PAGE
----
Noyes House Subject of Upcoming Lecture

February 23rd, 2018

The Centerbrook Architects Lecture Series continues with architect Fred Noyes on Friday, February 23 at 7 p.m. with a free lecture about his childhood home, the Noyes House (1954) in New Canaan. Designed by Eliot Noyes and included on the National Register of Historic Places, the house’s unique composition — two enclosures for public and private functions connected by an open-air courtyard — remains highly provocative. Fred will analyze the intent and design of the house in comparison to the Glass House (1949), designed by Philip Johnson.

Eliot Noyes was one of an informal network of Modern architects later known as the “Harvard Five” (Marcel Breuer, Landis Gores, John Johansen, and Philip Johnson) who moved to the bucolic town of New Canaan and established what would become a center of experimental Modern residential design. In addition to his work as an architect, Noyes was the first Director of Industrial Design at the Museum of Modern Art and an influential industrial designer who created IBM typewriters, Mobil gas pumps, and Cummins diesel engines, among other projects.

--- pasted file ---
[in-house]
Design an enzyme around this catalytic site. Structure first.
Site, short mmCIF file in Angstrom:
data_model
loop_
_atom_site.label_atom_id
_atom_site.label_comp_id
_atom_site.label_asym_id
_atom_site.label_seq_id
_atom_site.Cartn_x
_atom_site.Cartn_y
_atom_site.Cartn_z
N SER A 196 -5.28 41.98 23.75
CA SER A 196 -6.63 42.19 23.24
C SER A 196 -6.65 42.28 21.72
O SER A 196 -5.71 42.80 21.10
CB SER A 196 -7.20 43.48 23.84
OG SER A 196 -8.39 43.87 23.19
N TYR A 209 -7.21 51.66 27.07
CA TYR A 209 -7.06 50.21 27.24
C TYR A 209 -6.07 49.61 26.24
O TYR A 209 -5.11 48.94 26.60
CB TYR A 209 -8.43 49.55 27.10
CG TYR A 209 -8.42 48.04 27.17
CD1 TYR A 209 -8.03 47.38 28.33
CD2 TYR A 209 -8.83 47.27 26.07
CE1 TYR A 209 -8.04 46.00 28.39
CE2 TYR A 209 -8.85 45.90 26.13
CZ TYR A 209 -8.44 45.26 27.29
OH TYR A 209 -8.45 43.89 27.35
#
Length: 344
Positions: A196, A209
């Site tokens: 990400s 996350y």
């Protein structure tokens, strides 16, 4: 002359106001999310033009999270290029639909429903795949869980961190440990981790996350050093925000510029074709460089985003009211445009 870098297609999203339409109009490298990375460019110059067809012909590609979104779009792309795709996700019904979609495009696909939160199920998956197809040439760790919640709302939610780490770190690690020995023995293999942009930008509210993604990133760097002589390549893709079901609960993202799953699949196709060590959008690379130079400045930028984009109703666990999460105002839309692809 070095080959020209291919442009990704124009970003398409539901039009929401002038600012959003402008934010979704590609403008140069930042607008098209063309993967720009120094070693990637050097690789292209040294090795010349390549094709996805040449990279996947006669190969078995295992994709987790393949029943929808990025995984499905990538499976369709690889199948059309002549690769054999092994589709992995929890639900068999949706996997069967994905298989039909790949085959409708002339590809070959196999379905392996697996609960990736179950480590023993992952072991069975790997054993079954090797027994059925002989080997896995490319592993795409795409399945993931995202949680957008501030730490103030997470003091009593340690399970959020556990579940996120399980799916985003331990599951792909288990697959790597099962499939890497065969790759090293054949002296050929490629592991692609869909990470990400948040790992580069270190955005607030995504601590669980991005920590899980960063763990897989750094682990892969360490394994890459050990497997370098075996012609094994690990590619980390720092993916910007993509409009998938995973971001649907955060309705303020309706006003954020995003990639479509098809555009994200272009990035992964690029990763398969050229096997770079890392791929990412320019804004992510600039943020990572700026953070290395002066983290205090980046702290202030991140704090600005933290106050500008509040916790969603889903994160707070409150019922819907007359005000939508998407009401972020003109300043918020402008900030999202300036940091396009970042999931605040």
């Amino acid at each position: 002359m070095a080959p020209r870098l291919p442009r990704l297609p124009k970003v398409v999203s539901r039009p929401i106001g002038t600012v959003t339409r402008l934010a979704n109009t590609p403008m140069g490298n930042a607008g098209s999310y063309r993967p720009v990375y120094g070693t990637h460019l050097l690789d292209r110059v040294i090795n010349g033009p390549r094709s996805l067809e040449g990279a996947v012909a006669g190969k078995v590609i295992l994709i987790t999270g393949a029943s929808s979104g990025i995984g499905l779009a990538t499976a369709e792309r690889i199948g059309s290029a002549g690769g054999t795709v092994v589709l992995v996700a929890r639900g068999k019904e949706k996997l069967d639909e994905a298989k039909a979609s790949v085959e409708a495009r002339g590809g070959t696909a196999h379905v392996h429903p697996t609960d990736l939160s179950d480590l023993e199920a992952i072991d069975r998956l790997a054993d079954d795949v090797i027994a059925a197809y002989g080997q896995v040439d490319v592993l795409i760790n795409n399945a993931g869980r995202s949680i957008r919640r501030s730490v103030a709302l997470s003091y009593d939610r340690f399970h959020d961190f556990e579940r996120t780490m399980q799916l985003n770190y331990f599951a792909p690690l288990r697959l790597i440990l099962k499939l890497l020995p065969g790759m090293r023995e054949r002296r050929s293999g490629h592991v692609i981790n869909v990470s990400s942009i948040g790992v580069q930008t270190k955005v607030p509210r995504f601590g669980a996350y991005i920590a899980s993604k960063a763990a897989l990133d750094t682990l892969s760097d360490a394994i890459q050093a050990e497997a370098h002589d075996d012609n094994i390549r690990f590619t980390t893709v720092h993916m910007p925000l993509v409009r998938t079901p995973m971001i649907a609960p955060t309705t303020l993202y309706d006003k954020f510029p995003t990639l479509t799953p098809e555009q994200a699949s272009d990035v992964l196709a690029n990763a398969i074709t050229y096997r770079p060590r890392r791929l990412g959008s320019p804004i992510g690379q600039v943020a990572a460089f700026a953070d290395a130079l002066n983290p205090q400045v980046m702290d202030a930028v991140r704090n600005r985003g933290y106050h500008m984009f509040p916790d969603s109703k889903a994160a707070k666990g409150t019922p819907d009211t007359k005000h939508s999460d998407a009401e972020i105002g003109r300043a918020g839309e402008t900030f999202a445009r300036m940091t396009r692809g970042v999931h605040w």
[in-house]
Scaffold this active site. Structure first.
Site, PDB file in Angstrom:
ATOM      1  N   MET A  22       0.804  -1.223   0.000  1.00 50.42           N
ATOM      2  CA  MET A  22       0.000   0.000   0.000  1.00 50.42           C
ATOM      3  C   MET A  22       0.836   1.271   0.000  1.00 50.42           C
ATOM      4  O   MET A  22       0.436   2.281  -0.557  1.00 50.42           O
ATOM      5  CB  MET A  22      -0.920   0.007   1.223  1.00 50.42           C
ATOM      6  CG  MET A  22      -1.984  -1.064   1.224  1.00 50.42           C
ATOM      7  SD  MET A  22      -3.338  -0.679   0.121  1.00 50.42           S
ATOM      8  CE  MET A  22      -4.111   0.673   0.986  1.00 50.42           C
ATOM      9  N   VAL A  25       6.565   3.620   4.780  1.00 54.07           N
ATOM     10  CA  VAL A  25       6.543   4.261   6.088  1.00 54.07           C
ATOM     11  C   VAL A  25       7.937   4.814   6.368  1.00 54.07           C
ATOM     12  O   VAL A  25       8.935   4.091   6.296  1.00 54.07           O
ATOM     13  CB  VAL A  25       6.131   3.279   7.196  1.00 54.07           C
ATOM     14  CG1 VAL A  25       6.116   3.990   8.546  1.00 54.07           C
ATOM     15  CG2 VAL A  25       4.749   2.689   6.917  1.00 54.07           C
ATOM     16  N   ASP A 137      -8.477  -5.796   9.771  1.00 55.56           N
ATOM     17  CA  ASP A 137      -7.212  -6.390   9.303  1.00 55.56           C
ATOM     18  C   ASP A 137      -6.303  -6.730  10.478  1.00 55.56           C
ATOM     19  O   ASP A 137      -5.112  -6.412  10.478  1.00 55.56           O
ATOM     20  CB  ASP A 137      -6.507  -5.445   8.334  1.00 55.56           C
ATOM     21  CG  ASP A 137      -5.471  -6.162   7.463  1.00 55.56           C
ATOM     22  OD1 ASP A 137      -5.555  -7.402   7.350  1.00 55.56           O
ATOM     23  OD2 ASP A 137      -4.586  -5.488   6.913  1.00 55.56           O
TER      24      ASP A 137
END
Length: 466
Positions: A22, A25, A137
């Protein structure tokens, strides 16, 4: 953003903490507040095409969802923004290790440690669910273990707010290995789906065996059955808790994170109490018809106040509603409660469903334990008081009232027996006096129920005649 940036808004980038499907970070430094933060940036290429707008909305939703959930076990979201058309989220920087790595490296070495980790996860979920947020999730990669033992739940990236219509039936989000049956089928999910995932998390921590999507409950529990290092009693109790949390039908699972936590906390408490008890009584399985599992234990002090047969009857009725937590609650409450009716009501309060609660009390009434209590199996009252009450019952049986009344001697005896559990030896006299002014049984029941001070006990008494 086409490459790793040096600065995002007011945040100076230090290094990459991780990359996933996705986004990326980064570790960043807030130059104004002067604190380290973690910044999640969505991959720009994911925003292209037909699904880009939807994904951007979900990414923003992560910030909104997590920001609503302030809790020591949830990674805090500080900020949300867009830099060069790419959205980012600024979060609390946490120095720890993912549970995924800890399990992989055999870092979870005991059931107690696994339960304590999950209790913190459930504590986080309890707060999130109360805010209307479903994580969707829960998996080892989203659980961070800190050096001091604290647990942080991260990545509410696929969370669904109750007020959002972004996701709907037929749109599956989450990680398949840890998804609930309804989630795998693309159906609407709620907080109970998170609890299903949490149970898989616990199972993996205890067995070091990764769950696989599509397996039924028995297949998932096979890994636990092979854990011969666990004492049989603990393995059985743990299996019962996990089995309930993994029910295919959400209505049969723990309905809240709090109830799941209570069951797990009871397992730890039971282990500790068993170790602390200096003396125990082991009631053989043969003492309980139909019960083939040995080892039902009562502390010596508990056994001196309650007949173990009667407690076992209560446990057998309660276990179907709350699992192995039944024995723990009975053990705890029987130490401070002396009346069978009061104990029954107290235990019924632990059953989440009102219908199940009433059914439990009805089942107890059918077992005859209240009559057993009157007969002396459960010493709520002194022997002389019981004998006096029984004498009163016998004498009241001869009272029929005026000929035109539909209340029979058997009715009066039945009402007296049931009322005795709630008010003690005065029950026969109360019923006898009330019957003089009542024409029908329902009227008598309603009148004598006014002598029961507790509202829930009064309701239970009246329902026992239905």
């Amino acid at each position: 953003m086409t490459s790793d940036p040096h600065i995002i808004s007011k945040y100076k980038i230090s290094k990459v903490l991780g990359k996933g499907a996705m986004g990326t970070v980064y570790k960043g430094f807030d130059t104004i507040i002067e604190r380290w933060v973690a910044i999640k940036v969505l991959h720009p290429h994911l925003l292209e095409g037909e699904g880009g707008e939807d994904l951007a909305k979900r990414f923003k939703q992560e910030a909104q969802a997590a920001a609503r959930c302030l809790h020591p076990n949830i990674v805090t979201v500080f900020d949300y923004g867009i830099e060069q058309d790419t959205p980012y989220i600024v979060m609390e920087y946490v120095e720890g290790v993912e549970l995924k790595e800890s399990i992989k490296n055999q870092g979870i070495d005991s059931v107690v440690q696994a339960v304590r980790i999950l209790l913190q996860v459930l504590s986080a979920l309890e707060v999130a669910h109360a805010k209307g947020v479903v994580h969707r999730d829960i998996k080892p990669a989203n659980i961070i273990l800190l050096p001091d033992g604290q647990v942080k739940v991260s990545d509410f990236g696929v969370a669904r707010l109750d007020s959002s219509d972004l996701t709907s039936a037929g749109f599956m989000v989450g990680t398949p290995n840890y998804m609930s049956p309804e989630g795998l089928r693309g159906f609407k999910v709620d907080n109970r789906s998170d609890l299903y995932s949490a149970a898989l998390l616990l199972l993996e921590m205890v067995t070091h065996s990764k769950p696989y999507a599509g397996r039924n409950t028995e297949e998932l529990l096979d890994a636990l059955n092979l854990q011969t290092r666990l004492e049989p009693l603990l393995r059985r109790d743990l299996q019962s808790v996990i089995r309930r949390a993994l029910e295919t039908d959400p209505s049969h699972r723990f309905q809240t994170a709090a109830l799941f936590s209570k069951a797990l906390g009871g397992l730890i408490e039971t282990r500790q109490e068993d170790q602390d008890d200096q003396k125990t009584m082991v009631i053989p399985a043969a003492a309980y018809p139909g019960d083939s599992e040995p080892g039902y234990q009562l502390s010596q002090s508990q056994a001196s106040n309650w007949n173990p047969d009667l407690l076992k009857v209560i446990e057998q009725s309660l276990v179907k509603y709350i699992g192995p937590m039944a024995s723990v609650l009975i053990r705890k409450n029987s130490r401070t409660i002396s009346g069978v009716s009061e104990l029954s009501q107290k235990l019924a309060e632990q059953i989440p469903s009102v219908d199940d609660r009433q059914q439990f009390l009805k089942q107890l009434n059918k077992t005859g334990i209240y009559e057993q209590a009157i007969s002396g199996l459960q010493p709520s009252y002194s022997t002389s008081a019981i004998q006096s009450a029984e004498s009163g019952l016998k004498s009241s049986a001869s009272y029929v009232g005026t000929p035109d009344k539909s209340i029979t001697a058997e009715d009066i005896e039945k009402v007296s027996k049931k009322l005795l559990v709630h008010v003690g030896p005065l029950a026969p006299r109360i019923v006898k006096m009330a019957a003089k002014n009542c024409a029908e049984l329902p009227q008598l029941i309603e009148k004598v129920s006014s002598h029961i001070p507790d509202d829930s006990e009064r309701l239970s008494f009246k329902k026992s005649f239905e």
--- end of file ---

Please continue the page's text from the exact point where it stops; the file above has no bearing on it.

Frederick Noyes, FAIA, is immersed in his twined passions of architecture, biology, and education. For over thirty years, he has run his own architectural firm and designed everything from houses to hospitals. He was elected to the AIA College of Fellows (2001) and awarded an honorary Doctorate of Education from the Boston Architectural College in 2007. Mr. Noyes has remained close to academia, both as a student (a decade of graduate studies in biology) and a teacher (visual studies at Harvard; lecturer in biochemistry at Harvard Extension; and biology at Miles and Wheelock Colleges). Associated with the Boston Architectural College (BAC) since 1974, Mr. Noyes has taught at all levels at the BAC, chaired its Board of Directors from 1995-1999, and is currently an Overseer.

The event will be held in The Cube at Centerbrook Architects, 67 Main St., Centerbrook.

Event description courtesy Essex Library Association.